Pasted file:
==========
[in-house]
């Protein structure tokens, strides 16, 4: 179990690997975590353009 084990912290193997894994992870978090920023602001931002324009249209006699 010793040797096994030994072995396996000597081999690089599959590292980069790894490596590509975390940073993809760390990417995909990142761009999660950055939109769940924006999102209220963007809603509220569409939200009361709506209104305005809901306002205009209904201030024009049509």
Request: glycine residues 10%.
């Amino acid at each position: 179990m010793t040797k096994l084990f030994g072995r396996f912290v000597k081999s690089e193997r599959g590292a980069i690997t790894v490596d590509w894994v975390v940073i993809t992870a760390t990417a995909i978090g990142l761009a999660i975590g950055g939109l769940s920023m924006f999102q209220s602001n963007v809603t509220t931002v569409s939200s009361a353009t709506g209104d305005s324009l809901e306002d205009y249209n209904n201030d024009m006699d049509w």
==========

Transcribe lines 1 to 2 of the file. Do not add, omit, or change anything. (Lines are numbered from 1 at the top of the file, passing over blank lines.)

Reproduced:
[in-house]
């Protein structure tokens, strides 16, 4: 179990690997975590353009 084990912290193997894994992870978090920023602001931002324009249209006699 010793040797096994030994072995396996000597081999690089599959590292980069790894490596590509975390940073993809760390990417995909990142761009999660950055939109769940924006999102209220963007809603509220569409939200009361709506209104305005809901306002205009209904201030024009049509």